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Hi, I'm Keith.
I'm just starting out here. This site is such a source of inspiration. I love looking at all of the great work. I hope that my contributions over time will show my development as an artist/designer just as many other sketchbooks I've seen here have demonstrated.
My goals (overtime):
1. Demonstrate a mastery of anatomy and application of tone
2. Demonstrate a strong understanding of composition
3. Develop dynamic sketching skills
4. Develop a critical eye for detail in the world around me
5. Develop my digital painting skills
6. Sketch as much as possible, in as many ways as possible, where ever possible...and then sketch some more.
I realize this might seem a bit ambitious, but I have pencils, pens, paper, a WACOM and plenty of time. Crits are always welcome! My goal is just to learn and improve (and have fun while doing it hopefully), so please don't hesitate to speak up if you think you can offer some friendly advice.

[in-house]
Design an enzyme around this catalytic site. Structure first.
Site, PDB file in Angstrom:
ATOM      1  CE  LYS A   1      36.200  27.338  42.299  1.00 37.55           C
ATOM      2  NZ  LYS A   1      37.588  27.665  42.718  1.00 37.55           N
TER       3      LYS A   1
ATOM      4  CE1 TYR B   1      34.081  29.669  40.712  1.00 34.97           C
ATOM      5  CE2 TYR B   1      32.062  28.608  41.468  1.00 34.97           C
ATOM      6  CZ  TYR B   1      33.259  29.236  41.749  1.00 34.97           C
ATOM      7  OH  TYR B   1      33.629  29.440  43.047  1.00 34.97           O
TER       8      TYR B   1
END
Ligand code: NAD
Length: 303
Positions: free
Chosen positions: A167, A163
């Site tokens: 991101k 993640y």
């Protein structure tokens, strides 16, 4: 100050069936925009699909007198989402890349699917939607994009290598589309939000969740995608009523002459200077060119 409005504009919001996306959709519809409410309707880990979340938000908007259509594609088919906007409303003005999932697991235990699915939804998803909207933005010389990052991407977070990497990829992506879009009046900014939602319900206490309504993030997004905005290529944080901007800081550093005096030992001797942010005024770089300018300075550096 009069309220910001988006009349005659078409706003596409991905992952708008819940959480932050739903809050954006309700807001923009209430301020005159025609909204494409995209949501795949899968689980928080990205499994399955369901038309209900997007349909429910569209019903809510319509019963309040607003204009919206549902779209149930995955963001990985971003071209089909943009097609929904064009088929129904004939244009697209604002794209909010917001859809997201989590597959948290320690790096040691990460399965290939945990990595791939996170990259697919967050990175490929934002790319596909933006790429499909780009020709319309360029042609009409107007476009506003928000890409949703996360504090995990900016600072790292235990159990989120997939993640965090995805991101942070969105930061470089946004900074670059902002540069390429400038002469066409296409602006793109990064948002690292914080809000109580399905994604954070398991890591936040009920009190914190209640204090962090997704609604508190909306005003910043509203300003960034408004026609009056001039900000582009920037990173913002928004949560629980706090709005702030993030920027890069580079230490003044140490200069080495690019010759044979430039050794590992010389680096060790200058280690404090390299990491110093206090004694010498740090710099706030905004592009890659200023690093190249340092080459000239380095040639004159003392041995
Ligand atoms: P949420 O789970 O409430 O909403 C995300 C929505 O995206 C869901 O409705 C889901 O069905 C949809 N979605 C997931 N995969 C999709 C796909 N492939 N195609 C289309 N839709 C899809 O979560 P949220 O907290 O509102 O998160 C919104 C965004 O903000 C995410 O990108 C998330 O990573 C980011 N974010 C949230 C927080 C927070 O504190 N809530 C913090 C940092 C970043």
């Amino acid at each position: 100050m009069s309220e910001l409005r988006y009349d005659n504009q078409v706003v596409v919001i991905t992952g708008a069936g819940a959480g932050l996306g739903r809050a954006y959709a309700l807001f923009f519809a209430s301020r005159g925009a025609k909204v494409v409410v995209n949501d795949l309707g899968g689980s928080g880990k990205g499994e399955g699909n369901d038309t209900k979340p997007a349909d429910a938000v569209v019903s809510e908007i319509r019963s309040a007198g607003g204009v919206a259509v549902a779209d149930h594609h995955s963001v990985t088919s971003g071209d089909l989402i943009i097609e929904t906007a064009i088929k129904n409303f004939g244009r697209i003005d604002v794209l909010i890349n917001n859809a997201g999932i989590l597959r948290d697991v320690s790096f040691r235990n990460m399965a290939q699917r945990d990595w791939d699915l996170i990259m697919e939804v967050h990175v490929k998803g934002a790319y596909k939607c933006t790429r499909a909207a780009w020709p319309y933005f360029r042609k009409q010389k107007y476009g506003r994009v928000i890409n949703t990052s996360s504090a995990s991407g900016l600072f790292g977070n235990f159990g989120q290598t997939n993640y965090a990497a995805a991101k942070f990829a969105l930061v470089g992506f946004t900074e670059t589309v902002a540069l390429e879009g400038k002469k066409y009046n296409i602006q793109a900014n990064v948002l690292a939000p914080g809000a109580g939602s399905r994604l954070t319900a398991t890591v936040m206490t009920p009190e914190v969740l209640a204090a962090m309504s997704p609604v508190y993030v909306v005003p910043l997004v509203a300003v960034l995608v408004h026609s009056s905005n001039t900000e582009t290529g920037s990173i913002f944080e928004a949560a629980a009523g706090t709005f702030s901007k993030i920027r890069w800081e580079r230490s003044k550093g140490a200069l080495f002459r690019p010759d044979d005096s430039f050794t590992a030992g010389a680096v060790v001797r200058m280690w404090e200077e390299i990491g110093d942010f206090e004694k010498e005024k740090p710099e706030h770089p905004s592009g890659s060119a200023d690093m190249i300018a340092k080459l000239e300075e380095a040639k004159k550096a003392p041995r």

Well...here goes something...
Last edited by phatbuddha; May 26th, 2012 at 03:54 PM. Reason: updating content
Here are a few images to start things off. Hopefully they will demonstrate some improvement as I continue to post things over time.
I can't offer much of advice but would like to give you at least some encouragement to continue the good fight of the pencil and the color (and other possible tools and approaches). Your stuff looks very promising and the studies you'll do with your time invested correctly in them will lift you up to higher grounds of ability.
Anyway, so I subbed to your SketchBook because I love seeing people improve over time (gives me even more motivation)!
Here is one I am currently working on. It's early stages but as you can see I am struggling with the composition a bit.
Here is a leg study I did from "Anatomy for the Artist" by Jeno Barcsay. Still working on my hatching/crosshatching and turning the form.
Last edited by phatbuddha; May 29th, 2012 at 06:28 PM.